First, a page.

Las Vegas 'black widow' denies killing millionaire husband

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NORTH LAS VEGAS, Nev. (AP) — One of Nevada’s most notorious convicted murderers, dubbed a “black widow killer,” said after being released from prison Friday that she did not kill her millionaire husband 25 years ago in Las Vegas, and plans to use proceeds from her story to offer money for tips about who did.

Margaret Rudin, 76, a socialite antiques shop owner who vanished before she was indicted and spent two years as a fugitive ahead of her 2001 trial, left a women’s prison after winning parole from her 20-years-to-life sentence for the killing of real estate mogul Ron Rudin.

“I want to be exonerated,” Rudin told the Las Vegas Review-Journal in an interview with her lawyer, Greg Mullanax. She said she wants a passport, to vote and “to be able to do all the things that I was able to do before Ron was murdered.”

“I did not do it,” she said.

A tip generated by a “most wanted” TV show led to Rudin’s arrest in 1999 in Revere, Massachusetts, where she lived for a year with a retired firefighter she met among a group of American retirees in Mexico.

Leaving prison, Rudin got into a sports utility vehicle and did not speak with reporters. Mullanax read a statement calling it “a happy day for Margaret Rudin and her family ... tempered by the fact that Margaret Rudin is innocent and she did not murder her husband.”

Mullanax did not immediately respond later to messages from The Associated Press.

He represents Rudin in a federal court case seeking an order for a new trial to clear Rudin of the conviction that will otherwise keep her on parole for the rest of her life.

Rudin, who became a great-grandmother while in prison, said she plans to move to the Chicago area to live with her daughter, granddaughter and grandchildren. She said she wants to move after that to Nashville, Tennessee.

“I’m going to write books,” she said, about her trial and what she endured each year she spent in prison.

She said she blamed Las Vegas police for her arrest, prosecution and conviction, and said her Christian faith helped her overcome doubt and anger in prison.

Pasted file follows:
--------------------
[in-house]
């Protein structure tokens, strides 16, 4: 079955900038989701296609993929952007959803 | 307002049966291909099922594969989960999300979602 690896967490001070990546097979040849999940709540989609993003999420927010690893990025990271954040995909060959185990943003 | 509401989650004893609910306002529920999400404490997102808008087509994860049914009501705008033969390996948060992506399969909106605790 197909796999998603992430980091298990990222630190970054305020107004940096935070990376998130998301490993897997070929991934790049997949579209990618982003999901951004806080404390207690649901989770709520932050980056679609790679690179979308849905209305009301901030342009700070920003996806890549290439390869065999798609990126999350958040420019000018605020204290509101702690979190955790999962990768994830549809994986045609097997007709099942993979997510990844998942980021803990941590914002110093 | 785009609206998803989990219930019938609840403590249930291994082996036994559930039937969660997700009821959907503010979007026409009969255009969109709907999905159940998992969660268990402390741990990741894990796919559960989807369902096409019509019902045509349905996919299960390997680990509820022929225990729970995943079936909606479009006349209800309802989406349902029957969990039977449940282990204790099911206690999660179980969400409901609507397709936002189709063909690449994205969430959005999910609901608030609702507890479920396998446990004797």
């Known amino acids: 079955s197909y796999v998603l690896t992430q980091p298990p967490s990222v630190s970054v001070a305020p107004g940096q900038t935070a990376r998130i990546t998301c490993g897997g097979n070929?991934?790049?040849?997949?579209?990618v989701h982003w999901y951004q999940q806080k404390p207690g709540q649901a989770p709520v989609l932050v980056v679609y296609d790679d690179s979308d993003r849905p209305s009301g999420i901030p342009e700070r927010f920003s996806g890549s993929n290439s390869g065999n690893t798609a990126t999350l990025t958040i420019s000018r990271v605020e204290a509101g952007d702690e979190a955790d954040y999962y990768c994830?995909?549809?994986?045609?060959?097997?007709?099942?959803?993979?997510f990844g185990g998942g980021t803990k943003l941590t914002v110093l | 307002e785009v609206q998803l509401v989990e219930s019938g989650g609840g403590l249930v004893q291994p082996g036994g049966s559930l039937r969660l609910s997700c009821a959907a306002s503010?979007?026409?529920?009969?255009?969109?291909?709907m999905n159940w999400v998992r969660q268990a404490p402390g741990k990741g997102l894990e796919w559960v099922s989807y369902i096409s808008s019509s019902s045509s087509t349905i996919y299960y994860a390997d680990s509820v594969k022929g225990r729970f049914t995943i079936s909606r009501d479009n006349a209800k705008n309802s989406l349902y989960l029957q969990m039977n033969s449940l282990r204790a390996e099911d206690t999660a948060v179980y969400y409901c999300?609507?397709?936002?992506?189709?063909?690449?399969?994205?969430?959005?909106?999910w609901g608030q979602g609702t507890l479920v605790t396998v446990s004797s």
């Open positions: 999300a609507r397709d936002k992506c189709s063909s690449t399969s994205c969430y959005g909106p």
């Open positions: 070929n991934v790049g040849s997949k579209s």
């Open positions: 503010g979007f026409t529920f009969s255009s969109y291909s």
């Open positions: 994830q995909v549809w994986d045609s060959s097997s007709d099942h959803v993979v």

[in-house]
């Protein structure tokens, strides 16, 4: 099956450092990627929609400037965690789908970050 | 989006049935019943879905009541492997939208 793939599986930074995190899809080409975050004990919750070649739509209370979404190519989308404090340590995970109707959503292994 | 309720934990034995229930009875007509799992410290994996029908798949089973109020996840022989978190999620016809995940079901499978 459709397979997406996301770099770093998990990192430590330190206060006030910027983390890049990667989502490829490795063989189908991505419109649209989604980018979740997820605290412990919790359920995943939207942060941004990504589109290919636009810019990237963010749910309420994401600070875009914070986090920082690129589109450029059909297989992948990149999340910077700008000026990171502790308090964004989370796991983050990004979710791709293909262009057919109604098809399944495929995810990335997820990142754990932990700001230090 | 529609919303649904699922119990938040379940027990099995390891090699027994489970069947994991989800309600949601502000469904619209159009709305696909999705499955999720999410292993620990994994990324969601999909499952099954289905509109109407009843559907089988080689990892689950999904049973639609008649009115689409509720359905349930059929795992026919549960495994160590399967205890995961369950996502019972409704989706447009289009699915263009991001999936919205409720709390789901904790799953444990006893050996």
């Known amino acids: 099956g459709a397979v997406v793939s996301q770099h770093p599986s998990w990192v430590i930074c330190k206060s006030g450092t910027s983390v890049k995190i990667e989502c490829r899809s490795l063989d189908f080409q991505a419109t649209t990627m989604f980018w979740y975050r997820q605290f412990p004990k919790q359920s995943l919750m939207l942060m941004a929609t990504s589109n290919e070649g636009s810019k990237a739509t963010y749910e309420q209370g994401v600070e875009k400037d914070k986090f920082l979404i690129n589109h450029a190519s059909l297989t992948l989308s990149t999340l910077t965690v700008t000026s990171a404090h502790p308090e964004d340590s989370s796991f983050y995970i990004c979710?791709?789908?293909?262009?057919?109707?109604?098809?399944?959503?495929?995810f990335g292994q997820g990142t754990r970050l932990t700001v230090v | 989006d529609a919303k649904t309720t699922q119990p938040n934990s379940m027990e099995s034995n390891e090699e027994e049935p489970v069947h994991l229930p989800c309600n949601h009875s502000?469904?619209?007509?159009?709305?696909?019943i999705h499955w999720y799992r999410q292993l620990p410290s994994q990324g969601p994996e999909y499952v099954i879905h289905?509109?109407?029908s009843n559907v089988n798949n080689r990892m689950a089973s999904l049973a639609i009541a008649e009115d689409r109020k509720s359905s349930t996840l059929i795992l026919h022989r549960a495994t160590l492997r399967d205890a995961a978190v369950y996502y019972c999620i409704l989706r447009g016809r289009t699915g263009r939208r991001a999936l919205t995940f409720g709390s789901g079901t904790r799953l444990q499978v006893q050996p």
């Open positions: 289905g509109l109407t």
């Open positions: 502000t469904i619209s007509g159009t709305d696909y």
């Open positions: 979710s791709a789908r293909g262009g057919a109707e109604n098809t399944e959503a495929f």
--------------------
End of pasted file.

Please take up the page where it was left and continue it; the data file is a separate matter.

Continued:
“Most of the time it was, ‘I’m going to get out of this. I’m going to get through this. I’m going to be proven innocent,’” she said.

Intrigue and plot twists began after her husband, a 64-year-old prominent Las Vegas real estate developer, disappeared in December 1994.

Fishermen stumbled across his skull and some charred bones a month later near the shoreline of a Colorado River reservoir about 45 miles (72 kilometers) outside Las Vegas.

Prosecutors said he had been shot in the head as he slept and that his body was hauled in a trunk to the desert and burned. A distinctive jeweled bracelet with the name “Ron” was found at the scene.

Ron and Margaret Rudin had been married seven years — the fifth marriage for each. Police said he was shot several times with a .22-caliber gun with a silencer that Ron Rudin had reported missing a year after they wed.

Beneficiaries revealed that Ron Rudin amended his trust in 1991 with a directive to investigate his death if it was by violent means and cutting anyone responsible out of his will.

Margaret Rudin tried to obtain a $6 million share of her husband's $11 million fortune, but settled with trustees of his estate for about $500,000 after they sued her in 1996 to try to prove she played a role in his death.

She became a fugitive after police said a diver found the murder weapon in 1996 at the bottom of Lake Mead. She vanished weeks before she was indicted in 1997 on murder, accessory to murder and unlawful use of a listening device charges. Prosecutors said she had tapped her husband’s phones when she suspected he was having an affair.

Authorities said Rudin changed her name and her appearance, and slipped through the hands of Phoenix police in September 1998 before her arrest in November 1999 in Massachusetts.

Her trial featured Rudin’s sister testifying against her but was most remembered for the struggles of defense attorney Michael Amador, who provided such a rambling opening argument for jurors that Rudin asked for a mistrial.

Veteran Judge Joseph Bonaventure rejected a mistrial, but effectively replaced Amador by appointing two respected defense lawyers to assist him.

Amador did not immediately respond Thursday or Friday to messages.

Amador had said he was defending Rudin for free, but Rudin has said Amador improperly tried to secure media rights to her story and Amador’s secretary testified that she saw movie rights and book deal contracts.

Two Nevada Supreme Court justices noted that Amador invited TV crews to interview Rudin at his office when she arrived to prepare for trial.

Several lawyers argued on appeals that the trial was so flawed that Rudin deserved a retrial. A state court judge in 2008 agreed, but the Nevada Supreme Court overruled that decision. The 9th U.S. Circuit Court of Appeals in 2015 ordered a new look at Rudin’s conviction.

Last year, the Nevada Department of Corrections agreed not to oppose Rudin’s parole to settle her federal court civil rights complaints of mistreatment, misconduct and sexism in prison programs for aging inmates.

A juror-turned-supporter and friend, Coreen Kovacs, who was the last holdout before voting to convict Rudin, accompanied Mullanax on Friday. Kovacs said she's convinced Margaret Rudin didn't kill Ron Rudin, but added she didn't know who did.

“I have been waiting for this date as long as she has," Kovacs told AP. “She forgave me long, long ago. I haven't forgiven me."

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